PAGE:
Sat, Mar 29, at 8:00 pm
Back by popular demand, Punch Brothers, the astonishing, otherworldly string band quintet featured on the soundtrack of the Coen Brothers’ film Inside Llewyn Davis, will play Jorgensen Center for the Performing Arts on Saturday, March 29, at 8 p.m.
One of the most sophisticated young bands on the folk/bluegrass scene, Punch Brothers acted as house band for the “Another Day, Another Time: Celebrating the Music of ‘Inside Llewyn Davis’” concert in New York in September 2013. The concert, celebrating folk legends such as Jack White, Patti Smith, Joan Baez and Elvis Costello, aired on Showtime in December.
“The Punch Brothers are the leading musicians in the world today,” Oscar winner and Inside Llewyn Davis executive music producer T Bone Burnett told HuffPost Entertainment, calling leader Chris Thile the Louis Armstrong of his time. “I hold The Punch Brothers in highest regard,” said Burnett, who drafted them to sing “The Auld Triangle” alongside Marcus Mumford and film co-star Justin Timberlake on the soundtrack.
The New York-based quintet includes the dynamic Chris Thile (pronounced THE-lee with a soft th) on mandolin, guitarist Chris Eldridge, bassist Paul Kowert, banjoist Noam Pikelny and violinist Gabe Witcher. Their popularity got a nudge when their song “Dark Days” was featured on The Hunger Games soundtrack in 2012. The New Yorker dubbed their sound “a mystical alchemy of old-time music and contemporary sensibilities.” The band starred in the 2012 documentary How to Grow a Band, and released their third album, Who’s Feeling Young Now? on Nonesuch Records earlier that year. Vanity Fair touts the album as “their most expressive work yet as an ensemble – sophisticated, pop-y, kinetic and profound, all at once.”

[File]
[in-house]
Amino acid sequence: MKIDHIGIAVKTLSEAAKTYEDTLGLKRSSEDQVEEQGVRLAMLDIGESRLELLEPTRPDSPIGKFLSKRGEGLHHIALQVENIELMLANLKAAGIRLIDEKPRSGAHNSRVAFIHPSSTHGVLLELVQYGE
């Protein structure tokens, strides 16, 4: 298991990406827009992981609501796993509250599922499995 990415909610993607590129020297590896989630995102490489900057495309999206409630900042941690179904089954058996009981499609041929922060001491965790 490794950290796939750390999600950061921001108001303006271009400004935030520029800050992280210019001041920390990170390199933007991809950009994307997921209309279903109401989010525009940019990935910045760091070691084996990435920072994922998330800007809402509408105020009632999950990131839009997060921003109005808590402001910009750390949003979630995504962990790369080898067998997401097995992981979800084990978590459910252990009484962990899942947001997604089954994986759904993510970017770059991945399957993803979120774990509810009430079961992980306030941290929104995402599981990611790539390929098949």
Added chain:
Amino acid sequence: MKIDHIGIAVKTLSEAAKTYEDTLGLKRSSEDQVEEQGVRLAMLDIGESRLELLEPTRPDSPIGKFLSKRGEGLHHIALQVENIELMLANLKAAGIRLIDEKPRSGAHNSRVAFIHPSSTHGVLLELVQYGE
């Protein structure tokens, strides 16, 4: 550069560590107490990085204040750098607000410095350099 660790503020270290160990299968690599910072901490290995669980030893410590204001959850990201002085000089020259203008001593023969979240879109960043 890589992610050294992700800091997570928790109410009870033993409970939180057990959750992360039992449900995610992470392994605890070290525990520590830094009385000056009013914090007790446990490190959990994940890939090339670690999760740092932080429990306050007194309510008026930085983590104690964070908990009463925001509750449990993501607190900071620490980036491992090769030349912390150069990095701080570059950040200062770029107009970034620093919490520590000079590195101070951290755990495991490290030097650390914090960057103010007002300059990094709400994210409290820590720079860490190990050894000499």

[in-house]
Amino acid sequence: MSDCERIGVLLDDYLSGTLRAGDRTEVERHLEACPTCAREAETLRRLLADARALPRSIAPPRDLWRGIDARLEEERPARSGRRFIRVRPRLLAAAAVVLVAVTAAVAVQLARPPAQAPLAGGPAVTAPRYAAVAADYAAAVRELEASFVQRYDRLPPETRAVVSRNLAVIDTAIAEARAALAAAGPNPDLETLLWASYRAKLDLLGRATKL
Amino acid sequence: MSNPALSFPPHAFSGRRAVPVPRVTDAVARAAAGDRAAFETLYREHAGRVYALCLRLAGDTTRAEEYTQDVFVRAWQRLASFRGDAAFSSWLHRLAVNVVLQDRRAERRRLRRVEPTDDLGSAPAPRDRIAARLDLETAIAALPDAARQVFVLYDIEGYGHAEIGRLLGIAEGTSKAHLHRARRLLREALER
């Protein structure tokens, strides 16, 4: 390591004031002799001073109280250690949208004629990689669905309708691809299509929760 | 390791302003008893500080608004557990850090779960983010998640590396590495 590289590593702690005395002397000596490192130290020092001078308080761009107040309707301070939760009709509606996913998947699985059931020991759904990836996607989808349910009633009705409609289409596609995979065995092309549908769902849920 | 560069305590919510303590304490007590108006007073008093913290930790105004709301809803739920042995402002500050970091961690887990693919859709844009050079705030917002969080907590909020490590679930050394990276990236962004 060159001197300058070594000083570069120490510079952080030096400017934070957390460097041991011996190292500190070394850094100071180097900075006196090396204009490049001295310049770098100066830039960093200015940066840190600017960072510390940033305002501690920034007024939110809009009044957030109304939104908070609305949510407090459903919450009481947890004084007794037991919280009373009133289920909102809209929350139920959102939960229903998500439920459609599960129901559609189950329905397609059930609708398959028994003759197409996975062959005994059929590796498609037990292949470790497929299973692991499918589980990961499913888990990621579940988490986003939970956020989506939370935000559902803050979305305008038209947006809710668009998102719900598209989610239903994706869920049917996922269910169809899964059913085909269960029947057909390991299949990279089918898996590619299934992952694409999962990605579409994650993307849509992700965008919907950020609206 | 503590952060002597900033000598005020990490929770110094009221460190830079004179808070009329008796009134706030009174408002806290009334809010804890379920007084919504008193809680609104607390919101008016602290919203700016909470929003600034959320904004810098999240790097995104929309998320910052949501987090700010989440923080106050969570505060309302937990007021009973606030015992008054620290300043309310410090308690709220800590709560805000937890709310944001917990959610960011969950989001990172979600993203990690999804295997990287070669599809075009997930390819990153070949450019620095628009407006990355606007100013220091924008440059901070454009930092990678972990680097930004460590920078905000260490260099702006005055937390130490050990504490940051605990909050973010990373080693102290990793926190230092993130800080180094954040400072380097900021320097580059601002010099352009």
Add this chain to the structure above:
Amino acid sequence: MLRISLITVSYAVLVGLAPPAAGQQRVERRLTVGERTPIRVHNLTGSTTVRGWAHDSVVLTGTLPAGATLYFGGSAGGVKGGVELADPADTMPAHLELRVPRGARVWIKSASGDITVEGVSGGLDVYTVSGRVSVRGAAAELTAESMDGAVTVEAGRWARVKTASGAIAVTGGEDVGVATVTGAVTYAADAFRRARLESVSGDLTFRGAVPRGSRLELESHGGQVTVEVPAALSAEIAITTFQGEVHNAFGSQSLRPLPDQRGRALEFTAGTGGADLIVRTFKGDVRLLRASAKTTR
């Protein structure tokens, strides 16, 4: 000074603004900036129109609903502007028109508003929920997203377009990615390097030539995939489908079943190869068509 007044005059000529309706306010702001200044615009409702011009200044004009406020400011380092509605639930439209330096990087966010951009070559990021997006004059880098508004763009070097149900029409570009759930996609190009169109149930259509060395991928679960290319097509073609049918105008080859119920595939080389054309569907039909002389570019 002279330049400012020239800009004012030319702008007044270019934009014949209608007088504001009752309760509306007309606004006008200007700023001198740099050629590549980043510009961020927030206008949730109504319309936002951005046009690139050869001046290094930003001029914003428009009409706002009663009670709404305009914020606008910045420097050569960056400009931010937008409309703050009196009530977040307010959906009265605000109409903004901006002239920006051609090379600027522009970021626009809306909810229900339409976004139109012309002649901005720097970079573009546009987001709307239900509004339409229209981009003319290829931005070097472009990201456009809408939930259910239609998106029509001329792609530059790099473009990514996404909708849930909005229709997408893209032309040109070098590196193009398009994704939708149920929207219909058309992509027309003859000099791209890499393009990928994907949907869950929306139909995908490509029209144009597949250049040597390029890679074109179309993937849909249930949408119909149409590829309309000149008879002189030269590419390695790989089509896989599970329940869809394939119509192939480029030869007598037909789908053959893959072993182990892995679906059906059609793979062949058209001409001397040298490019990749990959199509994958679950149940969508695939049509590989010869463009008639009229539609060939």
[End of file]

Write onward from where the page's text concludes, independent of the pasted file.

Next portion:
Punch Brothers is a band of freewheeling string virtuosos, who have full musical personas together and separately. They have appeared at Carnegie Hall, opened for Steve Martin’s national tour, and were featured on the Chieftain’s 50th Anniversary disc, Voice of Ages. Martin, for instance, calls banjoist Noam Pikelny “a player of unlimited range and astonishing precision.” In their 20s and 30s, the group is maturing in its writing, with a loose, simple, unaffectedly youthful performance style and, of late, a “hard-charging string-band punk rock” sound, according to its press materials.
Opening for Punch Brothers is singer-songwriter Aoife O’Donovan (pronounced EE-fuh), who has collaborated with Chris Thile, Yo-Yo Ma, Edgar Meyer, Stuart Duncan, Alison Krauss, Jerry Douglas, Nickel Creek, and many others. She fronted for Crooked Still and was a member of Sometymes Why. Now exploring solo endeavors, Aoife recently released her second album, Fossils.
Jorgensen was named Best College/University Performing Arts Center in the Hartford Advocate Best of Hartford Readers’ Poll for 2013 and 2012.
Jorgensen Center for the Performing Arts is located at 2132 Hillside Road on the UConn campus in Storrs. Ticket prices are $35, $30 and $28. For tickets and information, call the Box Office at 860.486.4226, Monday through Friday, 10 a.m.–5 p.m., or order online at jorgensen.uconn.edu. Convenient, free parking is available across the street in the North Garage.